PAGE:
Former prison governor David Wilson, professor of criminology at Birmingham City University and chair of the Friends of Grendon, one of the prisons where Learning Together ran, says: 'What they have achieved should not be undermined by the London Bridge attack. I am obviously aware that two prisoners were involved, the attacker and a second who tried to prevent it.'

There is no doubt that for some prisoners, rehabilitation can work. Another man who intervened to try to stop Khan's murderous attack was Marc Conway, an ex-offender who has served time in prison and is now a policy officer for the Prison Reform Trust, as well as studying for degrees in psychology and criminology. He was among the men who brought Khan down on London Bridge.

The family and friends of Saskia Jones and 25-year-old conference co-ordinator Jack Merritt, who had worked with Khan and also lost his life that day, have, too, expressed a wish that their deaths should not detract from their work.

Ford's father says his son has been receiving counselling since the attack.

David Champion, however, says he was given no help, despite suffering a nervous breakdown after Amanda's death: 'I always blamed myself and thought, 'Should I have let her leave home? Should I have wrapped her up in cotton wool instead?' '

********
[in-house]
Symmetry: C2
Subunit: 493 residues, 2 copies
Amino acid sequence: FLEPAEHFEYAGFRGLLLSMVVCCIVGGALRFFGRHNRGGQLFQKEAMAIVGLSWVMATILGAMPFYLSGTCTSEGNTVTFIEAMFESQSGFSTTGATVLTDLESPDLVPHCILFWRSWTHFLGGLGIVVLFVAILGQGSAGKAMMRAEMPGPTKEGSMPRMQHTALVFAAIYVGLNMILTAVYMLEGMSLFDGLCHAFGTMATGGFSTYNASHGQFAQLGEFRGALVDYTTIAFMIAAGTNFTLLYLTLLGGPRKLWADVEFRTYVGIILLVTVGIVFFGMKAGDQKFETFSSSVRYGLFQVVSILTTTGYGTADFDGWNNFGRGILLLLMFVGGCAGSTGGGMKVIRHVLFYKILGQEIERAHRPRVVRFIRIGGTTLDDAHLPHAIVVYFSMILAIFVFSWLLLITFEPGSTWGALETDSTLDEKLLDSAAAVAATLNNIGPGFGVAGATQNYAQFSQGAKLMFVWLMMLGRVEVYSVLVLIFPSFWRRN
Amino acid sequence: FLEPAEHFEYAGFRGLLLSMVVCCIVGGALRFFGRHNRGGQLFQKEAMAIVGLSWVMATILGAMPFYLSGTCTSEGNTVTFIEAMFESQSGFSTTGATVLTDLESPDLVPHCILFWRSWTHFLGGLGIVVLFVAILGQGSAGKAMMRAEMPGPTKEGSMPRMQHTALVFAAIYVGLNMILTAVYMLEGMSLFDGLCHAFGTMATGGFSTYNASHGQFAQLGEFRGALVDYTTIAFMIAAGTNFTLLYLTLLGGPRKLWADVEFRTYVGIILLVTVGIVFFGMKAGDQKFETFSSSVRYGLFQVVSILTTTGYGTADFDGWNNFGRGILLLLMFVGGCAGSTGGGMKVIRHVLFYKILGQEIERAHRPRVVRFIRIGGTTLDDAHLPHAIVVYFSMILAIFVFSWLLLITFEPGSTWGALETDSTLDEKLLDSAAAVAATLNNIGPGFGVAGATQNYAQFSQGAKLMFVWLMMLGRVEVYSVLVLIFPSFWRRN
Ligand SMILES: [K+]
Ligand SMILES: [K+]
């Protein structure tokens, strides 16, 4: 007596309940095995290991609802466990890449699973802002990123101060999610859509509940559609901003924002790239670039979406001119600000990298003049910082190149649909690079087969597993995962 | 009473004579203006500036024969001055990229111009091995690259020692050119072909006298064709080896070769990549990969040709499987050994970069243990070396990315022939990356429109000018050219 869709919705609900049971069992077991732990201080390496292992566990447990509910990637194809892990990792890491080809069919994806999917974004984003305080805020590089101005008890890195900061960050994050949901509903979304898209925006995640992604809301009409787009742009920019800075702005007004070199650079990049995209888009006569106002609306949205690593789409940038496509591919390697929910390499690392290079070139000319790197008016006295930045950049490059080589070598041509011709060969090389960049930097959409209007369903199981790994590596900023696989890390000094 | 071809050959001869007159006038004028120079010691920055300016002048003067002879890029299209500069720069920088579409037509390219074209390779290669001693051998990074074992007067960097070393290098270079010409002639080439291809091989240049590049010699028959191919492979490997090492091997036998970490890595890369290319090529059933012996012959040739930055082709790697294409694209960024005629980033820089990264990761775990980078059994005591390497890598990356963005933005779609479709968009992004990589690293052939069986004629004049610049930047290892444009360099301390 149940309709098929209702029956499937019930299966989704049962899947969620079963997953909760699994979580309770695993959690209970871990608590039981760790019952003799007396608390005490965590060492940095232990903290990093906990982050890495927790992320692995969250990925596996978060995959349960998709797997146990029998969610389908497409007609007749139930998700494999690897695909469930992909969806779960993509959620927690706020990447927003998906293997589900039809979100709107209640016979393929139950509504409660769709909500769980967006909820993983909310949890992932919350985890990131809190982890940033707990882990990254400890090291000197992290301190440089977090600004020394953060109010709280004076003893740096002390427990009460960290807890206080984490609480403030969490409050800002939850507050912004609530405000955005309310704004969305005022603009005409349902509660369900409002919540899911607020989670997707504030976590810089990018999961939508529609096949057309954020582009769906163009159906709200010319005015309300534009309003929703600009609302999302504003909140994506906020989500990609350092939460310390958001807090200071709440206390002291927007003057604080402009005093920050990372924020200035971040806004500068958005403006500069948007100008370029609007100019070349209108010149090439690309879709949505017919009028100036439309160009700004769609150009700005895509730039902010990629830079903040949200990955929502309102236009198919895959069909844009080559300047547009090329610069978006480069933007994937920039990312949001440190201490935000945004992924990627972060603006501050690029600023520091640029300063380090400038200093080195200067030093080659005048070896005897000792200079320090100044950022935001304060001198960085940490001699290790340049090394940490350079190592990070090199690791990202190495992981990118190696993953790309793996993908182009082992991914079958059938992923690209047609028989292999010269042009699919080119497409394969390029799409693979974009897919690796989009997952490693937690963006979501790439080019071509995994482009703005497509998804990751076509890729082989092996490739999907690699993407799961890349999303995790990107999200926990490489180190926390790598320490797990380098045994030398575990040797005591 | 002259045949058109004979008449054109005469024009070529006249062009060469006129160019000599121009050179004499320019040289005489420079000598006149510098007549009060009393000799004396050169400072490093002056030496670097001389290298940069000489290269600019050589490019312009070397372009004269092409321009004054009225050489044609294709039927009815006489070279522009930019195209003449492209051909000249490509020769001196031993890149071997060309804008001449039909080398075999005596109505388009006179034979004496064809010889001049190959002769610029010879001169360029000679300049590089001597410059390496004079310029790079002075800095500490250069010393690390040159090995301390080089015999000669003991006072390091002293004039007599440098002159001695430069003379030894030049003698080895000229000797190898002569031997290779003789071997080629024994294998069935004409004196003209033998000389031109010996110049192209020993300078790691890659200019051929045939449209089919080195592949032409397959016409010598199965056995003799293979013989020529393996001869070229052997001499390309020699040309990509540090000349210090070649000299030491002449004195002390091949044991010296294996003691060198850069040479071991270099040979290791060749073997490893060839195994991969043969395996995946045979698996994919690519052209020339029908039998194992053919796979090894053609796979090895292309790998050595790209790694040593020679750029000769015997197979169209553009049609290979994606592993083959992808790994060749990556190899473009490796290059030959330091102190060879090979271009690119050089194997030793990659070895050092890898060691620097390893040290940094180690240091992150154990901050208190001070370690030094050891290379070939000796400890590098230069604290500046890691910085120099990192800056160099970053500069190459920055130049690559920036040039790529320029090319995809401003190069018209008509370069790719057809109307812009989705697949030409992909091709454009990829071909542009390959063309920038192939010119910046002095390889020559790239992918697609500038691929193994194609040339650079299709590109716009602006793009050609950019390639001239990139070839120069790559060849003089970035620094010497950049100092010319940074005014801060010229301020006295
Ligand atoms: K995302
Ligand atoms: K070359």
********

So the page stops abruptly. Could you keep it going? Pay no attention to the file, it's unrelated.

The Mail has learnt that Ford could be released from prison as early as October next year.

His parole hearing is due to start in April and he is believed to be asking to be allowed to return to Ashford.

He will no doubt argue that, after 15 years in prison, he is reformed and wants nothing more than a second chance. For Amanda's family, such an idea is abhorrent.

Another of her paternal aunts, Angela Cox, says: 'He should have been locked up and the key thrown away. My niece doesn't have a choice to walk the streets. He's not a hero. He's a murderer.'

Read more

Convicted murderer James Ford who confronted London Bridge terrorist Usman Khan while on day release is moved to new jail after death threats .
James Ford, 42, tried to save Saskia Jones, 23, by performing CPR after she was fatally stabbed by Khan in the attack which also killed 25-year-old Jack Merritt. He has been moved to a new prison.James Ford, 42, tried to save Saskia Jones, 23, by performing CPR after she was fatally stabbed by Khan in the attack which also killed 25-year-old Jack Merritt.